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Nation & World

St. Louis Archdiocese Agrees To AG's Investigation Of Sexual Abuse Accusations

Archbishop Robert Carlson pictured at Cathedral Basilica on Saturday, Jan. 26, 2013, in St. Louis. On Thursday, he invited AG Josh Hawley to review church records and it's handling of sexual abuse allegations.
Archbishop Robert Carlson pictured at Cathedral Basilica on Saturday, Jan. 26, 2013, in St. Louis. On Thursday, he invited AG Josh Hawley to review church records and it's handling of sexual abuse allegations.

Updated at 9:37 a.m. ET

The St. Louis Archdiocese is handing over its records to the state Attorney General's office for an investigation into the Missouri church's handling of sexual abuse accusations against clergy members.

Archbishop Robert Carlson made the announcement that he was voluntarily opening church files at a press conference on Thursday. Carlson said he made the invitation to Attorney General Josh Hawley in a letter, adding that he was prompted by "several letters" he had received urging greater transparency.

"Second," he said, "we have nothing to hide."

The move by Carlson follows the recent release of a Pennsylvania grand jury report detailing decades of alleged sexual abuse by more than 300 priests and cover-ups by high-ranking clergy leaders.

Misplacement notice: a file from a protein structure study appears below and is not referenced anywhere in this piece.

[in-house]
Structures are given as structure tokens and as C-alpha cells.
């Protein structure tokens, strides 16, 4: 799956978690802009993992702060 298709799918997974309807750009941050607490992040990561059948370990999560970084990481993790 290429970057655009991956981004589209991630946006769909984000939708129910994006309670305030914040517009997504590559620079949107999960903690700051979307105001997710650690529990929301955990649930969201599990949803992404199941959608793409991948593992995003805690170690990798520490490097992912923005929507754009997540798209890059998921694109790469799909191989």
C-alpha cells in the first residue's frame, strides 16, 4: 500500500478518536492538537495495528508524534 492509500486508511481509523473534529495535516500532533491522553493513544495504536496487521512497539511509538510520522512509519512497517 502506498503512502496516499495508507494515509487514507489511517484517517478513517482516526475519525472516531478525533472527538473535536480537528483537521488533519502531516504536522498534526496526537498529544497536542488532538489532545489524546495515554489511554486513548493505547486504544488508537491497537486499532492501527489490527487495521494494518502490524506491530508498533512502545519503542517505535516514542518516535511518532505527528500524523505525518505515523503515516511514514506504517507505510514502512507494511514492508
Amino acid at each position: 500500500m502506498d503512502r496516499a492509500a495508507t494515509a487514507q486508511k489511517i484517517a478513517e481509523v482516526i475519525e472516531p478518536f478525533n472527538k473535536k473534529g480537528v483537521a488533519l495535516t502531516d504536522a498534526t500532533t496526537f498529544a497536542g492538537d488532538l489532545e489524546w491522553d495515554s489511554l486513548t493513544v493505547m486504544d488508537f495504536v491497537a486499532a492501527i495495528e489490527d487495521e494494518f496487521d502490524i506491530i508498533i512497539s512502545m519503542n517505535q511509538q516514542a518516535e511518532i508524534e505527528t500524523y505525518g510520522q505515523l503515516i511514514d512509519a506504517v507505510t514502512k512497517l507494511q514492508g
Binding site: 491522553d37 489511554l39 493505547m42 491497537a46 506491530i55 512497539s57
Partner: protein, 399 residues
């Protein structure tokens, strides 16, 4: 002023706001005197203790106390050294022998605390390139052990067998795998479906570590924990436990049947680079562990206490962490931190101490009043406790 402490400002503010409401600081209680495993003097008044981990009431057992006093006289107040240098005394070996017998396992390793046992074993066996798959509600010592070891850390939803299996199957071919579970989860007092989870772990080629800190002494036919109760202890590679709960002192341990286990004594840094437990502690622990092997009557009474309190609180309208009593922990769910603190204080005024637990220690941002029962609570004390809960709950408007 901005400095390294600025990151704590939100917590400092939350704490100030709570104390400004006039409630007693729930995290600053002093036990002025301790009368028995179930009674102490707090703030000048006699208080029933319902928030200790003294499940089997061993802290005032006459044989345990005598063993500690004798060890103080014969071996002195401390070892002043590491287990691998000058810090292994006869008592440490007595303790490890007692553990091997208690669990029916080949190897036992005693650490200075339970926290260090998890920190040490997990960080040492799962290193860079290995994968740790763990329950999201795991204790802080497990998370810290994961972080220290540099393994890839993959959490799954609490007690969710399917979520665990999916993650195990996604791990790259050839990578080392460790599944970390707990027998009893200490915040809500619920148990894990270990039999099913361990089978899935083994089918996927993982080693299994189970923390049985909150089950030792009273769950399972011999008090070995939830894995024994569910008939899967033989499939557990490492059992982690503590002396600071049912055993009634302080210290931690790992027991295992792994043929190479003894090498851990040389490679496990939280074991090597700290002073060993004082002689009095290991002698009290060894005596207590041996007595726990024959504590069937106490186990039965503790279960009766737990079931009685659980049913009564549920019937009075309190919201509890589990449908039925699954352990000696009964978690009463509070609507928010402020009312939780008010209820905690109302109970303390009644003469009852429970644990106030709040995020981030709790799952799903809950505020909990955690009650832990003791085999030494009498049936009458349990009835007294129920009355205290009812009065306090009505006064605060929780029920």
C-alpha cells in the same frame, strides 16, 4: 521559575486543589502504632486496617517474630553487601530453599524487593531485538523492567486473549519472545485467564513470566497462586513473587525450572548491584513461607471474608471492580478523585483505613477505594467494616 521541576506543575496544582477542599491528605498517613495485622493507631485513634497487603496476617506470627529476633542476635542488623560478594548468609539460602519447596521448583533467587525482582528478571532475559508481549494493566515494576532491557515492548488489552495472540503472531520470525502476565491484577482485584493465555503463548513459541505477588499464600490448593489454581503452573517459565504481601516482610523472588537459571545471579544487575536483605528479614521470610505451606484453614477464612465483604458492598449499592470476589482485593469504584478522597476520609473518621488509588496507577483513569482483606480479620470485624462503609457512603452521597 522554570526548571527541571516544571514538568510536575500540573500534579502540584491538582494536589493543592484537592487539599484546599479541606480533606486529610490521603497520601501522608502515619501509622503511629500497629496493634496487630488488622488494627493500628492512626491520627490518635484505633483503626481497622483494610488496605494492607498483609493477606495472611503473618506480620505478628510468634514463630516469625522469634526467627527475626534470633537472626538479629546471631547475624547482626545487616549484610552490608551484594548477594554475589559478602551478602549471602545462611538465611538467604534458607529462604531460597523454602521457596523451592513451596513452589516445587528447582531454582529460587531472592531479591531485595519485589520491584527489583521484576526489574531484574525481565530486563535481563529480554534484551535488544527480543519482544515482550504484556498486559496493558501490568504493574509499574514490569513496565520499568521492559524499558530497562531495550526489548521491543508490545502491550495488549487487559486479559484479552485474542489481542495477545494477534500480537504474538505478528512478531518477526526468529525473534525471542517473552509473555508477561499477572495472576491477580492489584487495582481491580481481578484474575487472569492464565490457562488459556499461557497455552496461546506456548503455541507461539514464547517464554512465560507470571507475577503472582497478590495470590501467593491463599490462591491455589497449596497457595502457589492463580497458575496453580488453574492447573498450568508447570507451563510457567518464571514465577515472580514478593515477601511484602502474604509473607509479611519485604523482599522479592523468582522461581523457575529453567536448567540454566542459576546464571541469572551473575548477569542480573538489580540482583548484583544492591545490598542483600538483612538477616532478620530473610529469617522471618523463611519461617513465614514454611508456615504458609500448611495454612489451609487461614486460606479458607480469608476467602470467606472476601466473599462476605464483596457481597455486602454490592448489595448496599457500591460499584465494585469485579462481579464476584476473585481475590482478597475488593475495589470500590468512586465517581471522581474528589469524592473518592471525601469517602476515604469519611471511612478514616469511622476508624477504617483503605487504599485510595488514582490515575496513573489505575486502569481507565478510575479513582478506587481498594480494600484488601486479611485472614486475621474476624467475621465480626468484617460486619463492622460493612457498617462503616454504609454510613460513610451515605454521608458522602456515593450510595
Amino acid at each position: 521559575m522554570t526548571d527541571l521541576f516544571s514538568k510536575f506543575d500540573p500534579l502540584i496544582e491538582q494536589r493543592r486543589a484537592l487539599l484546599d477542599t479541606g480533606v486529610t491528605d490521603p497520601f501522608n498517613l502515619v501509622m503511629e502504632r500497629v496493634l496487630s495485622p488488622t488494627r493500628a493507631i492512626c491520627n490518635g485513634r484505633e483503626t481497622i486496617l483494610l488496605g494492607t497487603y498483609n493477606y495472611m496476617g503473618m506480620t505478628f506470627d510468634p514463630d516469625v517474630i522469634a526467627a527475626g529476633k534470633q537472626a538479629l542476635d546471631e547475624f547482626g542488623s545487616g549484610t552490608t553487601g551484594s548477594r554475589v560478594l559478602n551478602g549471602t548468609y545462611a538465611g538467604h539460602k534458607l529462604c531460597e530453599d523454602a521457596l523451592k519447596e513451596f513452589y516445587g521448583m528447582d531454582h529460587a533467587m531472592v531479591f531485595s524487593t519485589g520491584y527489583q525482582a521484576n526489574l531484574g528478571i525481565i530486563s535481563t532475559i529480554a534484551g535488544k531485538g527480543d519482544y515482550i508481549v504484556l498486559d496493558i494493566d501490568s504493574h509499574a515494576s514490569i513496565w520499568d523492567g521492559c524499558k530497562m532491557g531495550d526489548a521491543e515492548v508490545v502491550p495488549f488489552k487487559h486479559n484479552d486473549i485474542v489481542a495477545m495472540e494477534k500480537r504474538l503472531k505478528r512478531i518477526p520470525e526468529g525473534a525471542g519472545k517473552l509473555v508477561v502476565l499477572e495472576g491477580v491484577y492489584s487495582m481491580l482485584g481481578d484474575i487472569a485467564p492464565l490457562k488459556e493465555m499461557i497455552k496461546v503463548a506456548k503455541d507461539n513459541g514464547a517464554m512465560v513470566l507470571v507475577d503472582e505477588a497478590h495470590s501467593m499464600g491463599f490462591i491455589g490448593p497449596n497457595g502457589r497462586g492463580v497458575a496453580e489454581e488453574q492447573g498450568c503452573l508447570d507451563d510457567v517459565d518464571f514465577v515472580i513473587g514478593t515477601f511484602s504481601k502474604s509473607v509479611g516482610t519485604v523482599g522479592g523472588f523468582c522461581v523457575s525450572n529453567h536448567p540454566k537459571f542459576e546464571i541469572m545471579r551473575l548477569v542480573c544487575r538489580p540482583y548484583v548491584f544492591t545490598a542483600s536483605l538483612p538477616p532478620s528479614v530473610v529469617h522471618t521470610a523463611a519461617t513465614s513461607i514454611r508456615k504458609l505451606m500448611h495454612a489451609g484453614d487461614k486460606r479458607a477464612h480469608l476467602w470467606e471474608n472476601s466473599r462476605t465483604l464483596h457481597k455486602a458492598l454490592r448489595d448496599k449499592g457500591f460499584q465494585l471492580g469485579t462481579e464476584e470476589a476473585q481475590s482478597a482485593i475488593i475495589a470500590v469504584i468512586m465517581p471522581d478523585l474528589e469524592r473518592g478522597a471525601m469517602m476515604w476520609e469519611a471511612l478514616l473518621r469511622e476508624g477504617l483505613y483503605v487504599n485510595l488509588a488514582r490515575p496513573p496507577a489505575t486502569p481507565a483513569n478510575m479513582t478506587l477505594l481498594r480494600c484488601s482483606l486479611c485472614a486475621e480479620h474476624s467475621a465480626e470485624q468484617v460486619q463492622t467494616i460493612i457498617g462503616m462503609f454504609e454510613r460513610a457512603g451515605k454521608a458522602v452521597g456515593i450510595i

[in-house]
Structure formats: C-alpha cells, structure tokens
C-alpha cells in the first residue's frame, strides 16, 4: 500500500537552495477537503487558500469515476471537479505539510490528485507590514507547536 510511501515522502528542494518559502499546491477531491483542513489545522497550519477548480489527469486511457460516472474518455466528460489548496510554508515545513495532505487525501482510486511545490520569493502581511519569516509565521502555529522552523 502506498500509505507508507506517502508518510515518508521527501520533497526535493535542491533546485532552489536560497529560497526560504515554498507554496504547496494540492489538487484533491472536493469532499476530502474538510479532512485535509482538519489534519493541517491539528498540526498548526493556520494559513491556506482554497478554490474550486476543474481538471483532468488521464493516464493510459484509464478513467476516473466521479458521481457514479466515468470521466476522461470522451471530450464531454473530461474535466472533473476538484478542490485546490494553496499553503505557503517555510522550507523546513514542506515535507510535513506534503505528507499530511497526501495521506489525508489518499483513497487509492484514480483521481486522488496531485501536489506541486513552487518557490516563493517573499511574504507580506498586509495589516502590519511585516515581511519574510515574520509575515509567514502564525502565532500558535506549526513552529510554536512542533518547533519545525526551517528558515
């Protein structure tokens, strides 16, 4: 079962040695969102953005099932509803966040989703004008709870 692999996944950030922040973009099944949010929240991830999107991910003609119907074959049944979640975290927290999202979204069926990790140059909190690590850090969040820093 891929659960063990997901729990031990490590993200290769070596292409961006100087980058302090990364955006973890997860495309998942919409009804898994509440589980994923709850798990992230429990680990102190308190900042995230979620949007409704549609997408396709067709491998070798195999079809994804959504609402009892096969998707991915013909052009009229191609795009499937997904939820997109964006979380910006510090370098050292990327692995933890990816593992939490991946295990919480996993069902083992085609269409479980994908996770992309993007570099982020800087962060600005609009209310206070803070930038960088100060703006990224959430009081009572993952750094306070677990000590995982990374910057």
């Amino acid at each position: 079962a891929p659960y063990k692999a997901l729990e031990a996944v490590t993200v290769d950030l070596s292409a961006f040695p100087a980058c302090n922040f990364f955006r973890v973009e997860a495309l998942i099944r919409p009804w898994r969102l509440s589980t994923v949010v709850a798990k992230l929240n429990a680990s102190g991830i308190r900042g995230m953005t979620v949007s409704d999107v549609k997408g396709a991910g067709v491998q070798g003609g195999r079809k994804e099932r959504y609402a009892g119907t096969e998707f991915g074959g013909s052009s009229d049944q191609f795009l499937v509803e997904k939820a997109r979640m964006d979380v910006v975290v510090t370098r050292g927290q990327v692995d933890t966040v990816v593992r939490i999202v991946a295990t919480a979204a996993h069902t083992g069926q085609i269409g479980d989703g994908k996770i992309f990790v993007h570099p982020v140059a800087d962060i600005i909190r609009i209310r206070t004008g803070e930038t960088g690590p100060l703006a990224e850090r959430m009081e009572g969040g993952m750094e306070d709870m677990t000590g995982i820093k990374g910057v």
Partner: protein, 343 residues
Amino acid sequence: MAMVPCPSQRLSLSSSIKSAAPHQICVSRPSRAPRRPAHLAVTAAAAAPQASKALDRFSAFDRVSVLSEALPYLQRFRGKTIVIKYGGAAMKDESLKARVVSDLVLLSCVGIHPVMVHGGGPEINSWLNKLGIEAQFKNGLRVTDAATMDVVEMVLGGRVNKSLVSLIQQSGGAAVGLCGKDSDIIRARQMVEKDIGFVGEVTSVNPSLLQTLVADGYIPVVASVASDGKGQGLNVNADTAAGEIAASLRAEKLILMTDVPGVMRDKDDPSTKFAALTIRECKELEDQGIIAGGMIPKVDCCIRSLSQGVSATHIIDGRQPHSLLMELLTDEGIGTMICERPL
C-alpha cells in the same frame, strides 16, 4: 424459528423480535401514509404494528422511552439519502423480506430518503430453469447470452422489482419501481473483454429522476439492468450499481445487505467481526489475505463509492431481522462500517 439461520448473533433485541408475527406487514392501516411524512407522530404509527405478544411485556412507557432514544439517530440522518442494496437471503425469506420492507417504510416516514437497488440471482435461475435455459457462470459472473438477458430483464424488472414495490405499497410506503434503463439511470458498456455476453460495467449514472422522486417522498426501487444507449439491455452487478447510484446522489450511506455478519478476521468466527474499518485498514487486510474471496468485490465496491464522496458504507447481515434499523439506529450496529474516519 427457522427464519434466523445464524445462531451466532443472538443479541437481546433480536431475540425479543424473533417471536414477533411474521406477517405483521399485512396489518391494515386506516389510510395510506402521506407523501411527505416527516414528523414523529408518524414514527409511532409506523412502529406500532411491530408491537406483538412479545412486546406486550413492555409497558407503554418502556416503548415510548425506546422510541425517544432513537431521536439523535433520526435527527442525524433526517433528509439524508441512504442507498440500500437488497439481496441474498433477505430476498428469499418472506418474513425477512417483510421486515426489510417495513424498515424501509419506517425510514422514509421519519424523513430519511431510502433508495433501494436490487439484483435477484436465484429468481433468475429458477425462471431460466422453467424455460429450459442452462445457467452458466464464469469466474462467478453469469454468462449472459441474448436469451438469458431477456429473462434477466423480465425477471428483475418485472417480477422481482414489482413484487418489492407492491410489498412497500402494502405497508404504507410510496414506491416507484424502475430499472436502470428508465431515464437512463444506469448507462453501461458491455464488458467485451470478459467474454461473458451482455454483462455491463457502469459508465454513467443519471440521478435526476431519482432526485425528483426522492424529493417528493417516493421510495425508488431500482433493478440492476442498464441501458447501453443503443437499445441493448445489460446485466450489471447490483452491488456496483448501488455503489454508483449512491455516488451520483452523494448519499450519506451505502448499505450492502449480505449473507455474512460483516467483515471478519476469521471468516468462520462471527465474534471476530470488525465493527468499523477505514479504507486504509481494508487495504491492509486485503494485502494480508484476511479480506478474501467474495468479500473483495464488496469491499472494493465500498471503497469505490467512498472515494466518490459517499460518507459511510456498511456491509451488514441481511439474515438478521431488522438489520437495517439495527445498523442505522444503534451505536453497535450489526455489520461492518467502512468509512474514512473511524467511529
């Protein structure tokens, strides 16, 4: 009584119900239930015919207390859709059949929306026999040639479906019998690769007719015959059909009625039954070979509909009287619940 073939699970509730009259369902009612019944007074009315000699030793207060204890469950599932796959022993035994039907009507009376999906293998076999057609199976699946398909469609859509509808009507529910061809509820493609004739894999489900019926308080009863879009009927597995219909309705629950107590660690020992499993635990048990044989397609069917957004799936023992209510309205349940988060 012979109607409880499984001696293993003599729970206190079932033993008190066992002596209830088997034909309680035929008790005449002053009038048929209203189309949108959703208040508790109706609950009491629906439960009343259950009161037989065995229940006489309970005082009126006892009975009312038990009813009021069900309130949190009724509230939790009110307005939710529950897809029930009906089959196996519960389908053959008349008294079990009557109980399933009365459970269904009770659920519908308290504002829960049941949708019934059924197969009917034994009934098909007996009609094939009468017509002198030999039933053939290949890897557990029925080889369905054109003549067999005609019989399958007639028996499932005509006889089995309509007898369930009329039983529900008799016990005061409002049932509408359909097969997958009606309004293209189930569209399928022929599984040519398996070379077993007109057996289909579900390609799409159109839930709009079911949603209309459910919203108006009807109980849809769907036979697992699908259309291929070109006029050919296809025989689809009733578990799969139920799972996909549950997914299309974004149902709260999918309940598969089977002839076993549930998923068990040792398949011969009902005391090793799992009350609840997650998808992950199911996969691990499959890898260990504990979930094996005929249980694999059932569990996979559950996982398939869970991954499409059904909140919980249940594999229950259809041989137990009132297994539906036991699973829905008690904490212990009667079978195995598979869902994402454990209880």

Carlson said Hawley will have "unfettered access" to the Archdiocese's comprehensive files.

Among the records are files regarding more than a two dozen priests who have been removed from the church, Sandra Price, executive director of the Office of Child and Youth Protection for the Archdiocese, told reporters at the press conference.

She confirmed 27 living priests have been removed from priestly ministry within the Archdiocese. She did not specify a time frame for the removals. Price added that there are no "priests serving in priestly ministry with substantiated or credible allegations of abuse" at this time.

Some of the elderly priests who have been removed continue to live in church-owned facilities and receive a stipend, Carlson told reporters.

Hawley said at a news conference that he took action in part because the statute of limitations could prevent charges being filed, as St. Louis Public Radio reports. He said his office so far hasn't received requests from other dioceses to review their files but that "we'll be reaching out to them."

And Hawley noted that "his office can't subpoena specific dioceses, but added that his staff can investigate if they're asked," St. Louis Public Radio writes.

"We'll be reaching out to them," he said. "I would strongly encourage them to do as the archbishop has done — and to open to us their files and their information. Make folks available to us so we can conduct an investigation that will cover the state and issue findings that will be comprehensive statewide."

The Associate Press reported "representatives of the Diocese of Kansas City-St. Joseph and the Diocese of Jefferson City pledged cooperation with any investigation by the attorney general."

Copyright 2020 NPR. To see more, visit https://www.npr.org.

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